Doing More with More: Shared Leadership Models in Joint Ventures

   

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GettyImages-57436286_resized.jpgOVER THE last 30 years, my partners and I have talked to more than a thousand JV CEOs around the world, many of them as clients. And while these JV CEOs hold wildly different levels of delegated authority and varied job titles (e.g., CEO, Managing Director, President, General Manager), the vast majority are vested with singular accountability for running the business or asset. But a subset of JV CEO positions are structured with shared accountability.

While this may seem like a formula for calamity, shared leadership models can be quite effective in certain joint venture contexts. Such structures come in more forms – and indeed, offer broader applicability and are far more likely to work in joint ventures – than joint leadership models in public companies. Boiled down, there are six archetypical shared leadership models in JVs: Executive Chair-CEO, Co-CEOs, Office of the CEO, Rotating CEOs, Dual Hatted CEOs, and the Managing Board with Shareholder Representatives.


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The model with the broadest appeal – and the most under-utilized – is the Executive Chair (Exhibit 1). Here, the Chair works closely with the JV CEO, is typically 30-50% dedicated, and is infused with direct leadership responsibilities. Those responsibilities often relate to long-term strategy, government or external affairs, and/or governance and shareholder management. Having an Executive Chair can be extremely useful to JVs with intense governance and shareholder management demands by delivering a needed boost of support to CEOs struggling to manage and align the shareholders without undermining the CEO’s needed focus on building the business and running the company. SWIFT, a global consortium of several thousand banks and other financial institutions that manages a critical financial services industry infrastructure for secure transmission of financial transactions, has had an executive chair. So too for Merial, an animal health consolidation JV initially founded when Merck and Rhône-Poulenc consolidated their animal health businesses into a 50:50 JV.


Exhibit 1: Alternative Structure: Executive Chair

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The Dual-Hatted CEO is a construct where the CEO holds two titles – one as JV CEO and one as a business or functional leader inside a shareholder (Exhibit 2). Typically, the position within the shareholder entails a leadership role in a business or function with a close operating relationship to the JV – thereby providing the JV CEO with formal status and standing within, as well as increased visibility into, that shareholder. Done well, this provides the JV CEO with an ability to directly shape, influence, or coordinate plans and activities within the shareholder and thus help propel the JV’s success.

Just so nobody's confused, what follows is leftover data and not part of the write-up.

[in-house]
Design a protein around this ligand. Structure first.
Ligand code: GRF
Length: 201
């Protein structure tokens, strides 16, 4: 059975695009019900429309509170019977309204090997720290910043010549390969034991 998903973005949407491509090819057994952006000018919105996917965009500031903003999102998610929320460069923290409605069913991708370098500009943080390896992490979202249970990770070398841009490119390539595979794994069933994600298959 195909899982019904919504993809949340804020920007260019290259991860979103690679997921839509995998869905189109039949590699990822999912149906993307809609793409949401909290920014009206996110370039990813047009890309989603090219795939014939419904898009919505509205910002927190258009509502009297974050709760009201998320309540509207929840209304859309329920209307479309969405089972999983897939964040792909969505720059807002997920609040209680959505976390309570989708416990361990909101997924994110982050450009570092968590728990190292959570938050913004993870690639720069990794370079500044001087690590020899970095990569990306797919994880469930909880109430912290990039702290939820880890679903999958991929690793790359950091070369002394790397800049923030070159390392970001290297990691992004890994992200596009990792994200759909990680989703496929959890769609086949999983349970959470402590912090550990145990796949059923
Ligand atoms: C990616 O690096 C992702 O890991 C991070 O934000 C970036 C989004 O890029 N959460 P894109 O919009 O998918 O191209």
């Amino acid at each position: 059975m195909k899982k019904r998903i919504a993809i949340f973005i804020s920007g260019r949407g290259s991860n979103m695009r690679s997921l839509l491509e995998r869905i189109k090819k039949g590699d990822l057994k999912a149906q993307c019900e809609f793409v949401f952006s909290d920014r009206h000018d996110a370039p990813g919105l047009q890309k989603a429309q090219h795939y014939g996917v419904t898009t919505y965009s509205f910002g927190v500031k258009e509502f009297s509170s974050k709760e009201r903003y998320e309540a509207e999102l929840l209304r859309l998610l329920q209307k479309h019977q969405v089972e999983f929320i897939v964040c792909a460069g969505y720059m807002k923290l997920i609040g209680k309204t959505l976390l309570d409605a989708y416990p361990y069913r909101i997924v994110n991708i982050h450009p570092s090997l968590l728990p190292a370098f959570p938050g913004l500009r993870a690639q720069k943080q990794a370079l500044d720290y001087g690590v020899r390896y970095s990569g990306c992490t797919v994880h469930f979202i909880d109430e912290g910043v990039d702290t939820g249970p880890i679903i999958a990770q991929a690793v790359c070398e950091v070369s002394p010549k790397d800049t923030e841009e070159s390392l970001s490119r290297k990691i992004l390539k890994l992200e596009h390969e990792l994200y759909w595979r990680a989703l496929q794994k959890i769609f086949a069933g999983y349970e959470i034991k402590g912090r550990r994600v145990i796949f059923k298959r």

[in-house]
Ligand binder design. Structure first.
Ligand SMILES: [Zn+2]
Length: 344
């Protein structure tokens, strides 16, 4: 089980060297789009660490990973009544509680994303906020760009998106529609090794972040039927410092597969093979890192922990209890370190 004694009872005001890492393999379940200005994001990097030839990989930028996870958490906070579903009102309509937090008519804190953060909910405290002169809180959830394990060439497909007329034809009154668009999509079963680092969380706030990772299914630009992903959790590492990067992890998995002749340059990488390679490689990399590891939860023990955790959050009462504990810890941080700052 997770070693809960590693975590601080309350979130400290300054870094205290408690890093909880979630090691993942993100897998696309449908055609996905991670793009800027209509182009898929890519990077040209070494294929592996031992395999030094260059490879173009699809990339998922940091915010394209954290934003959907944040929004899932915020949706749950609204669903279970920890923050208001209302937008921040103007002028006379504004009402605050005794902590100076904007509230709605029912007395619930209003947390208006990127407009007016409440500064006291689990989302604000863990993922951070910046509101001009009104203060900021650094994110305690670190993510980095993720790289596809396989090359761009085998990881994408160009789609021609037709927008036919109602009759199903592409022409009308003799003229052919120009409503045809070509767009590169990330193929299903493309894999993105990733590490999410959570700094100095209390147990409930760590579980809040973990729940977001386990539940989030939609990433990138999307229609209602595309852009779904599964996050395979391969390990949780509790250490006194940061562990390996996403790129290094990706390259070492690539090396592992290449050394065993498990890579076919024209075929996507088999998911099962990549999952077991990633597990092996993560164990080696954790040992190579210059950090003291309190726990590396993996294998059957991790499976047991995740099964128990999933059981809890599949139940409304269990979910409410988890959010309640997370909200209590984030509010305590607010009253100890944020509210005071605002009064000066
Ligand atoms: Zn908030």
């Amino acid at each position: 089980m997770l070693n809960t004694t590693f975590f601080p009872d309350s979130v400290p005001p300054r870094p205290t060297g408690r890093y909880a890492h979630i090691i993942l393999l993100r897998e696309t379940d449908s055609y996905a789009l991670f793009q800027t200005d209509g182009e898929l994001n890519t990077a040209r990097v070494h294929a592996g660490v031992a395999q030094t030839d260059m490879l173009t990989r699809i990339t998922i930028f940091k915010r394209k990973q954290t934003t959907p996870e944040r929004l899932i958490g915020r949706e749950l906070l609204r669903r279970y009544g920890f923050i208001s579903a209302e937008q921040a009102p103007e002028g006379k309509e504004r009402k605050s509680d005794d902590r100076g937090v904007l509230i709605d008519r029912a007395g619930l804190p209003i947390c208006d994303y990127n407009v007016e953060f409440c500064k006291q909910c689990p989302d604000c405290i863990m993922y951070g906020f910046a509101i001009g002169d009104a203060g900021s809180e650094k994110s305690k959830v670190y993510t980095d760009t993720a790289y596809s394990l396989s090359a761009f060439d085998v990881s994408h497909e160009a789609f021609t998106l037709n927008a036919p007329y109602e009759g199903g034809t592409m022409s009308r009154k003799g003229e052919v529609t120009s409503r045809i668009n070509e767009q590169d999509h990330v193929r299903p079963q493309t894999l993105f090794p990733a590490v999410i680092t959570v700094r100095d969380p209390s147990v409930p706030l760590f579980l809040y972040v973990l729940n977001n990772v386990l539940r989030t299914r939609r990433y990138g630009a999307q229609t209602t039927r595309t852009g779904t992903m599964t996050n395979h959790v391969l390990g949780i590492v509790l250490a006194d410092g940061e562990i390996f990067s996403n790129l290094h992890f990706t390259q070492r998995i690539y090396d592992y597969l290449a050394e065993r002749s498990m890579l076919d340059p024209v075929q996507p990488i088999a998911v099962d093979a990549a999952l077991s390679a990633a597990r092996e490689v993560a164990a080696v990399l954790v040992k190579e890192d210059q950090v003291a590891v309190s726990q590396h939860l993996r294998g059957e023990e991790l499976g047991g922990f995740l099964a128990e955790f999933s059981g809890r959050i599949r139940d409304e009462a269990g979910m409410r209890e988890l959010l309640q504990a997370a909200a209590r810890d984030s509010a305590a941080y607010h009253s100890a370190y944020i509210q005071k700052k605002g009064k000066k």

Consider a three-partner mobile payments joint venture. Late last year, the JV moved to a dual-hatted CEO model, believing that a closer day-to-day working relationship with – and within – its largest partner would further accelerate the business, and drive acceptance of the joint venture’s products by that company's product, marketing, sales organizations. The CEO of the JV, who is a secondee from that partner, now has a senior role within the parent company's product organization, in addition to retaining his role leading the joint venture.

Exhibit 2: Alternative Structure: The Dual-Hatted CEO

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A different model – the Managing Board with Shareholder Representatives – is a variant of the Continental European two-tiered board structure. A European 50:50 chemical refining JV has operated under this structure since its founding a dozen years ago. The JV has two boards: A Supervisory Board which collectively oversees the business, and a Managing Board which collectively runs the business. The Managing Board includes the JV CEO and the three other most senior members of management. In an interesting JV application, there is an agreement that each shareholder has two “representatives” on the Managing Board. JV management is independent and its core function is to operate the business. But by having shareholder “representatives” on the Managing Board, it creates increased connectivty with and access to the shareholders who are vital to the company’s success. The representative” designation confers status on these executives within the corresponding shareholder company – and thus allows them to participate in internal conversations to understand that shareholder’s interests, positions, and resources that might aid the venture.

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Shared leadership is not for everyone – and not for all (or most) joint ventures. But, in certain situations and with the right people, it can be a powerful antidote to some of the classic problems of running a business with two or more shareholders. Is it time to put the ‘joint’ back into joint venture? 

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